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result in students gaining new and highly- valuable certifi ed qualifi cations. At the other end of the spectrum, large

organisations are oſt en keen to make use of graduates with a well-rounded knowl- edge of the leisure industry and therefore provide management schemes for those with a degree to develop leading positions within their businesses. T ese schemes are available across diff erent leisure sectors, ranging from health and fi tness, right the way through to the hospitality and attrac- tions sectors. Some of the most popular gradu-

ate management schemes include those offered by Merlin Entertainment for attractions and Parkwood Leisure for health and fitness, while most large hotel management companies also offer numer- ous opportunities for graduates to develop managerial roles.

The extra mile But as with most industries, qualifi cations can only get prospective employees so far and the same goes for leisure. T ose look- ing for a job in the fi eld will also need to be able to demonstrate other qualities, as well as a genuine interest in the area of work that they’re applying to do. Employers will also be looking for practi- cal examples of interest in the industry and

Cal Roberts, 24

Where are you working and what is your position? I work for a city rehabilitation team as an occu- pational therapy assistant. What does your day-to-day role include? I assess ‘service users’ requiring occupational therapy intervention. T is involves self-allo- cating cases, learning their medical and social history, then going out to complete an assessment and making recommendations. What attracted you to the leisure industry? A desire to help people and actively support in health and wellbeing. What attracted you to this particular sector? My aim is actually to become a physiotherapist and I took my current position with a view to gaining experience, as it’s diffi - cult to get a role in physiotherapy. Physical wellbeing is crucial in almost everything we do in life, ties in closely with psychological wellbeing and therefore is important to health in general. How easy was it to fi nd a job? It was hard to fi nd the exact role I wanted, so I jumped at my cur- rent job as a springboard towards physiotherapy. While not in the exact fi eld I intended to work in there is a lot of relevance. What training course did you do before your fi rst job? My degree is BSc Sports T erapy and having worked with various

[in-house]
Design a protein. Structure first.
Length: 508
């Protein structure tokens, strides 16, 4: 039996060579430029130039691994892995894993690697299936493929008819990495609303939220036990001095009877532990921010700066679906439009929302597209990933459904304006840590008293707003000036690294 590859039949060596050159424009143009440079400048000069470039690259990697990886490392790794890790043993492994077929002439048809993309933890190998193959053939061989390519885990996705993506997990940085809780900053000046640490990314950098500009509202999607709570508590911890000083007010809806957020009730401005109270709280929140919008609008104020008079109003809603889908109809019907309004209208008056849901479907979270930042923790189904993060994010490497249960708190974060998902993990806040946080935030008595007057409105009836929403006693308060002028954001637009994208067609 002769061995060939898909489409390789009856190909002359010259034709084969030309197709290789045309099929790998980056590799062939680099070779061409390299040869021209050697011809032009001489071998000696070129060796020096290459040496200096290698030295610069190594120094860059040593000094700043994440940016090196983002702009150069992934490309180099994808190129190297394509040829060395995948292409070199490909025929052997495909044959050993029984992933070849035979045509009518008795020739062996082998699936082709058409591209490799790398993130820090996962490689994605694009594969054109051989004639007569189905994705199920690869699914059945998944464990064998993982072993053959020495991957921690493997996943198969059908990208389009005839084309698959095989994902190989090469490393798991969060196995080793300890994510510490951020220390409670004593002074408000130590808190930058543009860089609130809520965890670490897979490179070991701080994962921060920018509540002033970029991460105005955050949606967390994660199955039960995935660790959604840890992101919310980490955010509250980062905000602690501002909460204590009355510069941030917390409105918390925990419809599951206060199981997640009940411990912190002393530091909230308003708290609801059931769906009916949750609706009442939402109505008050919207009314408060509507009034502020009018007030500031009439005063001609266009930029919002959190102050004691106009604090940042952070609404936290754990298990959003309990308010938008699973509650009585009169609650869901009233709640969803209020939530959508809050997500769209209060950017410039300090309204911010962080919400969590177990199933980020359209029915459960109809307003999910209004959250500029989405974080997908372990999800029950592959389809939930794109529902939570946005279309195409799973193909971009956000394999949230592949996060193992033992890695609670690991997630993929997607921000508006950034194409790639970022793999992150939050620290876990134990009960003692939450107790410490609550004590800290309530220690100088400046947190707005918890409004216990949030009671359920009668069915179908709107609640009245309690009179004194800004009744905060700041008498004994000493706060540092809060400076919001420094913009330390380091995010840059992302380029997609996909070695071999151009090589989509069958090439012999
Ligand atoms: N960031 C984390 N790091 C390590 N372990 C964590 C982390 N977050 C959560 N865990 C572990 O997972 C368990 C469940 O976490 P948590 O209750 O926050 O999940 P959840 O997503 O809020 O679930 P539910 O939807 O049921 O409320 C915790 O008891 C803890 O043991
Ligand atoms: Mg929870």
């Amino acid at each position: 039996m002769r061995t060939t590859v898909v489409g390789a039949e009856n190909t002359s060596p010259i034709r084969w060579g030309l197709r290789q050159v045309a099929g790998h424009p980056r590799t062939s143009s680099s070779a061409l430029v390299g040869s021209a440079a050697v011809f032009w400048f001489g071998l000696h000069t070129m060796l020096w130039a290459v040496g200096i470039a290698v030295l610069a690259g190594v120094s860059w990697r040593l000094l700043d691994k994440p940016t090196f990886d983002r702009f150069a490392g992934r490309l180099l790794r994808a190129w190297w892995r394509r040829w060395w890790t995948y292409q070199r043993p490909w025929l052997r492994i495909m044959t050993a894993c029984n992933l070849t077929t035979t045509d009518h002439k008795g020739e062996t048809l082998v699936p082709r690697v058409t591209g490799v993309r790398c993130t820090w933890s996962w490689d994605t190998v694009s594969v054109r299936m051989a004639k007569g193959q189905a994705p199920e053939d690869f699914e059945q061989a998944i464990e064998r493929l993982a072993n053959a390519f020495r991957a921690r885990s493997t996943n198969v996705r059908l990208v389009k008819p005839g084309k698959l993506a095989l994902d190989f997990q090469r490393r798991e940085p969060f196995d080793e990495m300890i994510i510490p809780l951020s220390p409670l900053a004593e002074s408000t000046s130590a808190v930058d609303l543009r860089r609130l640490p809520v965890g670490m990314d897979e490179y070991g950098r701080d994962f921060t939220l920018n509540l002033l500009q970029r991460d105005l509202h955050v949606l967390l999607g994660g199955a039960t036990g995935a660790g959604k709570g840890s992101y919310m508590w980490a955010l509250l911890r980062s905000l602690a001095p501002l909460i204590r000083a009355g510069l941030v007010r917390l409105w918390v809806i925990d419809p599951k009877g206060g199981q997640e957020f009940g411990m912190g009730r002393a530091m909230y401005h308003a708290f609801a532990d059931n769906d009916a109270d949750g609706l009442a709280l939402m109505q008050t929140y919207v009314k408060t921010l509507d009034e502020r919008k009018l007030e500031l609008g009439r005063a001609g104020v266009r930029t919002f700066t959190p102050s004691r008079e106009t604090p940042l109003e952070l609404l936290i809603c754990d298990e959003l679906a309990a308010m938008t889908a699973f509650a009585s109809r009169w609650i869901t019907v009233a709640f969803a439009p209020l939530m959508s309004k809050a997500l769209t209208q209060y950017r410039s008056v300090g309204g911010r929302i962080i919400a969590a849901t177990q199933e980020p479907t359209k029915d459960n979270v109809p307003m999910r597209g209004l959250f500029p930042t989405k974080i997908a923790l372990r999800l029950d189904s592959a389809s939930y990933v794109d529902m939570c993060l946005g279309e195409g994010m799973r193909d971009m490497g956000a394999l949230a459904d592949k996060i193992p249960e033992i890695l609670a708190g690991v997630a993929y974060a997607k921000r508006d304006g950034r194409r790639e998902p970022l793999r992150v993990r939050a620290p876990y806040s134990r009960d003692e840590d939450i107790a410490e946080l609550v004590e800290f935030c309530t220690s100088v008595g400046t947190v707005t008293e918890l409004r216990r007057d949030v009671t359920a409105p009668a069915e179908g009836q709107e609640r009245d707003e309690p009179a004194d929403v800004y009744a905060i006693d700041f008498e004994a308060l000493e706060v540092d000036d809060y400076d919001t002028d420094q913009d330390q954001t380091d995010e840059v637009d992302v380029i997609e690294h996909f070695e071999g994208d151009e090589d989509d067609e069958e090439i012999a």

20 Newly-qualifi ed students will oſt en look for work in entry level positions such as personal training

many young people choose to undergo work experience or volunteering to prove they’re keen on building a life in leisure. With that in mind, we take a look at three

young people working in an around the lei- sure industry to fi nd out how they got to

where they are and the recommendations that they would make to people beginning to plan their future career. And to keep up to date with the

latest leisure news and jobs, log on to

sports clubs realised that I would prefer to work within physiotherapy. How well do you think your training pre- pared you for a career in leisure? Reasonably well, it covered a lot of key areas relevant to my current role and I believe the same will be true to physiotherapy. But as with any job, there is a lot you still need to learn on the job and experience is the only way to this. What advice would you have for school leav-

ers looking to get into the industry? Study hard in college to get on the exact course you want to avoid having to take the long winded route that I have. Also, look to gain experience in related areas, it’s good to know what else there is out there that is complimentary to what you want to do. Is there anything you would do diff erently if given the chance? I would have worked harder in college to obtain the grades required to enter on a BSc Physiotherapy degree. Is working in the leisure industry what you expected? For me it was. I’d read up on the challenges faced in my role so you go in with an awareness of these issues. What are the best aspects of the leisure industry? Meeting new people and making a positive change to their lives. And the worst? I work outdoors a lot travelling to clients’ homes for assessments and it isn’t much fun trekking out in the winter!

Read Leisure Opportunities online: Twitter: @leisureopps © CYBERTREK 2014

Graduates in the industry must be fl exible and willing to work in a variety of roles such as sales and aquatics


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